A swift change had fallen into the depth of her golden voice, a subtle wistfulness that sang with weird pathos, and the eyes raised toward the western rim of the forest were suddenly far and sombre.
“Forgive!” said her sister gently; “I had forgot. I know the dream, but is it not better that we rest and gain new strength for another season? Here might well be home, here on this pretty river. We have come a mighty length already. What could be fairer, cherie,—even though we leave another to win to the untracked West.”
A small spasm drew across the features of Maren, a twitching of the full lips.
“Faint heart of you,” she said sadly. “Oh, Marie, ’tis your voice has ever held us back. They would prod faster but for you. Is there no glory within you, no daring, no dreams of conquest? Bien! But I could go alone. This dallying stiffles the breath in me!”
She put up a hand and tore open the garment at her throat, taking a deep breath of the sunlit air.
“But it is poverty that must be reckoned with. By spring again we may be better equipped than ever.”
So rode up the hope that was ever in her.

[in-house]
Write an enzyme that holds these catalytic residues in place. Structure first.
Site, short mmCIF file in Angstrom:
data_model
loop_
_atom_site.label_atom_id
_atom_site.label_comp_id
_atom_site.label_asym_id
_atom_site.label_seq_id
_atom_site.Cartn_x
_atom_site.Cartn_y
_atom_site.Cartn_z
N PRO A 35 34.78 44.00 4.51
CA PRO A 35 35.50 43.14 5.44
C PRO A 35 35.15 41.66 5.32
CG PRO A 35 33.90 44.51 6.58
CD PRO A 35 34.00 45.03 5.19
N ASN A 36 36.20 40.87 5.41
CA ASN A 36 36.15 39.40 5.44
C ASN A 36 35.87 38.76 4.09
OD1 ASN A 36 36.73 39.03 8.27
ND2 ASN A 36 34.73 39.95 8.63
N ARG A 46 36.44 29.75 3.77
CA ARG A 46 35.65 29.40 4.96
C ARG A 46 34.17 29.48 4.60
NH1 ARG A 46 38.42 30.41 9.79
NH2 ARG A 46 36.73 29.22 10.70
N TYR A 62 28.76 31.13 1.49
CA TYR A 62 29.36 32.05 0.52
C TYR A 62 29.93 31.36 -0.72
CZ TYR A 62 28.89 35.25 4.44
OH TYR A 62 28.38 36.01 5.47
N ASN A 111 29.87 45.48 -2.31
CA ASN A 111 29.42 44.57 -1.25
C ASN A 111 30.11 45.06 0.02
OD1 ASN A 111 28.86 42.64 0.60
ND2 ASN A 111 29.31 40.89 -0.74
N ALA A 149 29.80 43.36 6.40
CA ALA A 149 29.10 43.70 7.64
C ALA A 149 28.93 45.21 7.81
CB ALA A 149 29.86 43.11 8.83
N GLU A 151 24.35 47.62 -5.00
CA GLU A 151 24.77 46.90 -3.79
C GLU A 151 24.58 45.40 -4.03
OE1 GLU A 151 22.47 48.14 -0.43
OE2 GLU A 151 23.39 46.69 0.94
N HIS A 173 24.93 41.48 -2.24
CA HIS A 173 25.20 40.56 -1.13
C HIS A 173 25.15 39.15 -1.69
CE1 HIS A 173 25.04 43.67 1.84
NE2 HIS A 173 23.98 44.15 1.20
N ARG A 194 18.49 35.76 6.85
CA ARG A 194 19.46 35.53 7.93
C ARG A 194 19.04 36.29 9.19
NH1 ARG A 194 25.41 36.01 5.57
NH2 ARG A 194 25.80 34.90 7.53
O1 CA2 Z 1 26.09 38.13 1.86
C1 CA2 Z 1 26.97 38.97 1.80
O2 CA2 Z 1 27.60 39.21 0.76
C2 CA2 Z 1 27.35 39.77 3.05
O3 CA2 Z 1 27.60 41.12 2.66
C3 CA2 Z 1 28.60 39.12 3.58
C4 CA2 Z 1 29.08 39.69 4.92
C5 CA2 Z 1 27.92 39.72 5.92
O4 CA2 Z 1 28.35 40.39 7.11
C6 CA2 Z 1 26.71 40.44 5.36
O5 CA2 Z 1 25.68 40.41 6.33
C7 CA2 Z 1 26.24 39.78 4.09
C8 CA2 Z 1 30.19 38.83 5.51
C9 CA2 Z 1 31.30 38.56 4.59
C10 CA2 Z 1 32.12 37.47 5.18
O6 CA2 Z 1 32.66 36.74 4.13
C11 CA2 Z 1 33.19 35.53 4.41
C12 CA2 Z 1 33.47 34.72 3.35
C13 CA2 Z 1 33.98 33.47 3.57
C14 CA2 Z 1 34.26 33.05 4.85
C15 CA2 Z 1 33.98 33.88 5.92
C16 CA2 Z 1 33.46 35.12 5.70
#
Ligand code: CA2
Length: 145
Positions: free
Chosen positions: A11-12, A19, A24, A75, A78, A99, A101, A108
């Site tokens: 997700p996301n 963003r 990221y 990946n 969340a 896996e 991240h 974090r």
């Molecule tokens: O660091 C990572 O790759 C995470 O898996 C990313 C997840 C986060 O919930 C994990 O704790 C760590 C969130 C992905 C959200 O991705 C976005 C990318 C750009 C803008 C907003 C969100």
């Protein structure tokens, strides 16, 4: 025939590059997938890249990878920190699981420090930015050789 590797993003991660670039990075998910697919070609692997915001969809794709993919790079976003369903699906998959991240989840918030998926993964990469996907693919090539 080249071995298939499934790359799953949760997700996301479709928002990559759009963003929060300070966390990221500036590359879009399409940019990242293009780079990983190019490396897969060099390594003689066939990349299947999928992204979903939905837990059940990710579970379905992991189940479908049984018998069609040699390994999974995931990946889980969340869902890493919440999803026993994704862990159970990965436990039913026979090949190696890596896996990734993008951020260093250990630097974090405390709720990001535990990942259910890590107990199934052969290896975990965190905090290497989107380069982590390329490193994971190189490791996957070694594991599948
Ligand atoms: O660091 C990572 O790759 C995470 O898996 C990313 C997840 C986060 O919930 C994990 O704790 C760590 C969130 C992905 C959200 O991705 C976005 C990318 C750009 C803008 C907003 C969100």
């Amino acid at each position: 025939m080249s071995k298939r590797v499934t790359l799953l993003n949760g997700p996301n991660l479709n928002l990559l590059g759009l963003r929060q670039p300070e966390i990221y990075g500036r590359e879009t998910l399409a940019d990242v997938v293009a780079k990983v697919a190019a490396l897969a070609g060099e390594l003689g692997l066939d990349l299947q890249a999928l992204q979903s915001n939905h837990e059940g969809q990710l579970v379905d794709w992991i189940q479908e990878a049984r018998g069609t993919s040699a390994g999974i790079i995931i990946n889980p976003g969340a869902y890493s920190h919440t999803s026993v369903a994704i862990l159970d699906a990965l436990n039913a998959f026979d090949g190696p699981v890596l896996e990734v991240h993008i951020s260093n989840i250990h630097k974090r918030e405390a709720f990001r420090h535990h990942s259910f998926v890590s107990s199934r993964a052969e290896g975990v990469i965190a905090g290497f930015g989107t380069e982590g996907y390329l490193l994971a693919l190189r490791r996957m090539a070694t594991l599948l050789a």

“Yes,” sighed Marie, “as the good God wills.”
But she glanced wistfully around the new cabin, to be her own for the length of the four seasons. And who should say what might not happen in four seasons?
She wondered fretfully what fate had fashioned the glorious creature beside her in the form of Love itself to put within the soul of the restless conqueror. Never had she known Maren, though they two had come from the same lap.
Presently Maren looked down at her, and the shimmering smile, like light across dark waters, had again returned.
“Nay,” she said gently, “fret not. It is spring-and you have at last a home.”
True, it was spring.
Did not each breath of the south wind tell it, each flute-like call from the budding forest without the post, each burst of song from some hot-blooded youth with his red cap perched on the back of his head, his gay sash knotted jauntily?
It stirred the heart in the breast of Maren Le Moyne, but not with the thought of love. It called to her as she stood at night alone under the stars, with her head lifted as if to drink the keen, sweet darkness; called to her from far-distant plains of blowing grass, virgin of man’s foot; from rushing rivers, bare of canoe and raft; from high hills, smiling, sweet and fair, up to the cloudless sky—and always it called from the West.
Spring was here and cast its largess at her feet,—fate held back her eager hand.
A year she must wait, a year in which to win those necessaries of the long trail, without which all would fail.
Travel, even by so primitive a method as canoe and foot, must demand its toll of salvage.
At Rainy Lake they had been held by thieving Indians and a great part of their provisions taken from them, leaving them to make their way in comparative poverty to the next post of De Seviere.